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The concept of preferred base address in PE File

This is a discussion on The concept of preferred base address in PE File within the Windows Programming forums, part of the Platform Specific Boards category; I'm now reading the PE FILE SPEC. "RVA" "VA" "BaseAddress" "Preferred base address", I can't figure them out. Thx in ...

  1. #1
    Registered User icefight's Avatar
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    The concept of preferred base address in PE File

    I'm now reading the PE FILE SPEC. "RVA" "VA" "BaseAddress" "Preferred base address", I can't figure them out.
    Thx in advance.

  2. #2
    Captain Crash brewbuck's Avatar
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    VA: Virtual address. The location of an object in virtual memory
    RVA: Relative virtual address. The location of an object, relative to the base address
    Base address: The virtual address at which a DLL is loaded
    Preferred base address: The virtual address at which a DLL should be loaded if no relocations are to be performed

    Example. foobar.dll has a preferred base address of 0x78000000. If the DLL is loaded at that particular address, then no relocation processing is necessary. If it loads at some non-preferred address (for instance, because something else is already located at 0x78000000), then the runtime linker will need to perform relocations. Suppose there is a variable inside the DLL, which is located at an RVA of 0x1000. This means that it has a VA of base_address + 0x1000. If the DLL was loaded at the preferred base, this address will be 0x78000000 + 0x1000 == 0x78001000. Otherwise, it will be at some other address.

    DLLs are always loaded at an address which is a multiple of 64k -- that is, the last four digits of the base address are always zero, even if loaded in a non-preferred location.
    icefight likes this.
    Code:
    //try
    //{
    	if (a) do { f( b); } while(1);
    	else   do { f(!b); } while(1);
    //}

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    Registered User icefight's Avatar
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    That's impressive. Thanks very much.

  4. #4
    Registered User icefight's Avatar
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    I read the PE File spec again and I found this:

    IMAGE_FILE_RELOCS_STRIPPED 0x0001 Image only, Windows CE, Windows NT and above. Indicates that the file does not contain base relocations and must therefore be loaded at its preferred base address. If the base address is not available, the loader reports an error. Operating systems running on top of MS-DOS (Win32s™) are generally not able to use the preferred base address and so cannot run these images. However, beginning with version 4.0, Windows will use an application’s preferred base address. The default behavior of the linker is to strip base relocations from EXEs.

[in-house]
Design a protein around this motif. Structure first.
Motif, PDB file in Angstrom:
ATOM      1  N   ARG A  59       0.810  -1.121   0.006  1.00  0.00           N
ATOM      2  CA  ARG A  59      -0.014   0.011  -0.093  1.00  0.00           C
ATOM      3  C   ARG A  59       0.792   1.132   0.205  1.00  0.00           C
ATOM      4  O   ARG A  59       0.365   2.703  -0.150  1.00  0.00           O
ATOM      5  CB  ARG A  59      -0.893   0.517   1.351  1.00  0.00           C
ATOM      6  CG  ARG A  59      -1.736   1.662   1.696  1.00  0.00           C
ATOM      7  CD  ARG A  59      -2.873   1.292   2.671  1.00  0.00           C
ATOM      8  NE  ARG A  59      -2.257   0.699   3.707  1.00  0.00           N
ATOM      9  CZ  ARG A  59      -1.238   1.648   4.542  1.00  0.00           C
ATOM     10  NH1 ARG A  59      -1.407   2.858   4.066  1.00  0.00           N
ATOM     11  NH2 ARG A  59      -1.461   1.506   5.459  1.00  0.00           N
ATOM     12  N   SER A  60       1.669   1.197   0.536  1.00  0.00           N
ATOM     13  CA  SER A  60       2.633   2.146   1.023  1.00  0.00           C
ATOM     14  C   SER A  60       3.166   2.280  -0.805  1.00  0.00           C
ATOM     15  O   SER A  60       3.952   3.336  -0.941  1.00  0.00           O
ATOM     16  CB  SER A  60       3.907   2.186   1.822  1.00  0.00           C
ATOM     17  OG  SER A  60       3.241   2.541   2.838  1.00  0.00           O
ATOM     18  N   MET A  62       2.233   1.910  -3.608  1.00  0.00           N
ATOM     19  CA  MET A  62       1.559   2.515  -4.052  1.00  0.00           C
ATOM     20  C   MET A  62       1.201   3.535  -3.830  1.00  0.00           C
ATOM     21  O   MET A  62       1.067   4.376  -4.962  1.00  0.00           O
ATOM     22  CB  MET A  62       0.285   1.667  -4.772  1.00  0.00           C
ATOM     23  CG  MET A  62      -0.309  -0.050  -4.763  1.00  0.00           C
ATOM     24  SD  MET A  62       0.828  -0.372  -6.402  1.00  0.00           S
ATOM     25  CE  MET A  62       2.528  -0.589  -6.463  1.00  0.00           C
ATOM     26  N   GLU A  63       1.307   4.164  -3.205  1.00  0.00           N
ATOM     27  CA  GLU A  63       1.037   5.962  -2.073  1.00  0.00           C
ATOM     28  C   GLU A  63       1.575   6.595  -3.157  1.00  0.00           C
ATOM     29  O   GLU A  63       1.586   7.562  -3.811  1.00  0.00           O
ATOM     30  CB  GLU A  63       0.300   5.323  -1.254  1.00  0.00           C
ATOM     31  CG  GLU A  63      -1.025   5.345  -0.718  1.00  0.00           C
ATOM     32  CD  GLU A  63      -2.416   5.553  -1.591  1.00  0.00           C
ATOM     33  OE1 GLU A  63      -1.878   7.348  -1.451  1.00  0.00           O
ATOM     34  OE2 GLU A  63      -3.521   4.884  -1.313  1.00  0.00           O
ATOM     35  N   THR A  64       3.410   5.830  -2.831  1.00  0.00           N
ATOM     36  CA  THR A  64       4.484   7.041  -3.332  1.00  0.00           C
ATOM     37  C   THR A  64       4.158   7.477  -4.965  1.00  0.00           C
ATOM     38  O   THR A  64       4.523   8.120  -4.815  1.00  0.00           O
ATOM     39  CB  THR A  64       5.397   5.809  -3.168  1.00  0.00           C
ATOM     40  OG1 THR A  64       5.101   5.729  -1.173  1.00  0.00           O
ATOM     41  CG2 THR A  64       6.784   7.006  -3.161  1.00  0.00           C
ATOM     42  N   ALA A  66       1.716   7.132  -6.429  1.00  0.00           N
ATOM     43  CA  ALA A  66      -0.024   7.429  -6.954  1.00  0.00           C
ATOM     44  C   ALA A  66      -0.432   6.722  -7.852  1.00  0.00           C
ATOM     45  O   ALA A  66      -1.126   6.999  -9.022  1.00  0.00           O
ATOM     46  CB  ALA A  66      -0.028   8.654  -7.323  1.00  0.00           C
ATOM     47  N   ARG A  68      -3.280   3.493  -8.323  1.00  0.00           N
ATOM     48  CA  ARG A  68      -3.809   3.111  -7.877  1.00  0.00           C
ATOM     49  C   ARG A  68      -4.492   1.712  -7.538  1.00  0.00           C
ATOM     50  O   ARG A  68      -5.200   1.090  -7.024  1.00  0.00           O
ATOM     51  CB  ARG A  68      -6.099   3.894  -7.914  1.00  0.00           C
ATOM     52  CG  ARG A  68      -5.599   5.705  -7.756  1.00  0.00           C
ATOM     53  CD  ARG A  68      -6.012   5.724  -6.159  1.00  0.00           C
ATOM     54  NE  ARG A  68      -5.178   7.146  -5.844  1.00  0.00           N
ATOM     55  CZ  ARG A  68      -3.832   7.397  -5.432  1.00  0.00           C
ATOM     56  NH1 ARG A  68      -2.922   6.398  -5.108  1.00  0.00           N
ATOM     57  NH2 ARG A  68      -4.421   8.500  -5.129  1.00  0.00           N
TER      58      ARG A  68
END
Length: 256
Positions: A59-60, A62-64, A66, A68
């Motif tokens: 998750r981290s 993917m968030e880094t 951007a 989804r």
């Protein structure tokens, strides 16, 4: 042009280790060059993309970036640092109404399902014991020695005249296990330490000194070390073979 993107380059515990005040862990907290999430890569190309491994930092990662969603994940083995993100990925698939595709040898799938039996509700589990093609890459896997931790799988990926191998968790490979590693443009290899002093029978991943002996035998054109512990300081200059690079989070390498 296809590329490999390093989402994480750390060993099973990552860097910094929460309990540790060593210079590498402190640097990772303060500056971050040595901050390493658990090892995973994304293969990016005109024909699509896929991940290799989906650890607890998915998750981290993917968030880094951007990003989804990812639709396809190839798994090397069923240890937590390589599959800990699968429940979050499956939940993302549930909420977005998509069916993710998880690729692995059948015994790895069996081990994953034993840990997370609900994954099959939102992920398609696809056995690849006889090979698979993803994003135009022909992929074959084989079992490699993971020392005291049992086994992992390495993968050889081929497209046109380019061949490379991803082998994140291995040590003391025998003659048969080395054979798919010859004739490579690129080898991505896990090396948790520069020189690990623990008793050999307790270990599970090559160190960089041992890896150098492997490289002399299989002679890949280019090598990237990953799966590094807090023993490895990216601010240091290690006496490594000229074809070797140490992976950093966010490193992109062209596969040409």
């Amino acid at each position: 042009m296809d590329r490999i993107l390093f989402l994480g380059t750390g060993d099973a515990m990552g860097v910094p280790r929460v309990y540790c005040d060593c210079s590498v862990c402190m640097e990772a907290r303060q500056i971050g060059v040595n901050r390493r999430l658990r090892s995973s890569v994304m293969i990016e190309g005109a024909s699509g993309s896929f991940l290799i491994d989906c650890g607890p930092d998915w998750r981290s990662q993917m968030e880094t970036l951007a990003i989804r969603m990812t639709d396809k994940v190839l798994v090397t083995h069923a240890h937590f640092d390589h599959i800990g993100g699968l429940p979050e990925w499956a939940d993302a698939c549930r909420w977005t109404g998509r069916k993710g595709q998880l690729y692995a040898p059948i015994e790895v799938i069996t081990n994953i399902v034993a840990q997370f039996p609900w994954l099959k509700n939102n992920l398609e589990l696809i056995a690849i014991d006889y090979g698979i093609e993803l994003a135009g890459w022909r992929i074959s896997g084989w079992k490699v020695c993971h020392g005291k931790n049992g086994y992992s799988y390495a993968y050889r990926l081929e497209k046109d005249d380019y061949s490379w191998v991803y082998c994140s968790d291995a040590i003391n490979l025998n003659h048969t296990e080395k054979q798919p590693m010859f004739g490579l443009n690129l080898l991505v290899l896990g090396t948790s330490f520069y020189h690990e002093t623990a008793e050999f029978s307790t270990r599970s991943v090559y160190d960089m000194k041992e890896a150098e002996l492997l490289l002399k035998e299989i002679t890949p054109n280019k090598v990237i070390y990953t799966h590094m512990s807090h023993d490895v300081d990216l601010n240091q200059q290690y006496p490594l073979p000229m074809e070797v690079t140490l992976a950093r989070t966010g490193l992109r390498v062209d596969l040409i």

5. #5
    Registered User icefight's Avatar
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    Microsoft Portable Executable and Common Object File Format Specification
    Microsoft Corporation
    Revision 6.0 - February 1999

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    Registered User icefight's Avatar
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    What's the mean of this "Indicates that the file does not contain base relocations"? if the file contains, where could i find it!

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    Registered User icefight's Avatar
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    foobar.dll has a preferred base address of 0x78000000. You mean that the address of 0x78000000 is the address in the virtual memory space specified by the loader?

  8. #8
    Captain Crash brewbuck's Avatar
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    Quote Originally Posted by icefight View Post
    What's the mean of this "Indicates that the file does not contain base relocations"? if the file contains, where could i find it!
    The relocations are contained in the RELOC section. You can see it by dumping the section headers with the dumpbin utility. If the IMAGE_FILE_RELOCS_STRIPPED flag is set, it means this section does not exist. Without the reloc section, the loader cannot load the DLL at a non-preferred base address (because it doesn't know how to do the required fixups).

    foobar.dll has a preferred base address of 0x78000000. You mean that the address of 0x78000000 is the address in the virtual memory space specified by the loader?
    It is the DLL which specifies that number. The loader simply looks at that and tries to put the DLL in that location. If it can't, it will have to perform relocations.
    icefight likes this.
    Code:
    //try
    //{
    	if (a) do { f( b); } while(1);
    	else   do { f(!b); } while(1);
    //}

  9. #9
    Registered User icefight's Avatar
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    Oh,I get it.
    Thanks very much,brewbuck.
    I appreciate your helping me.

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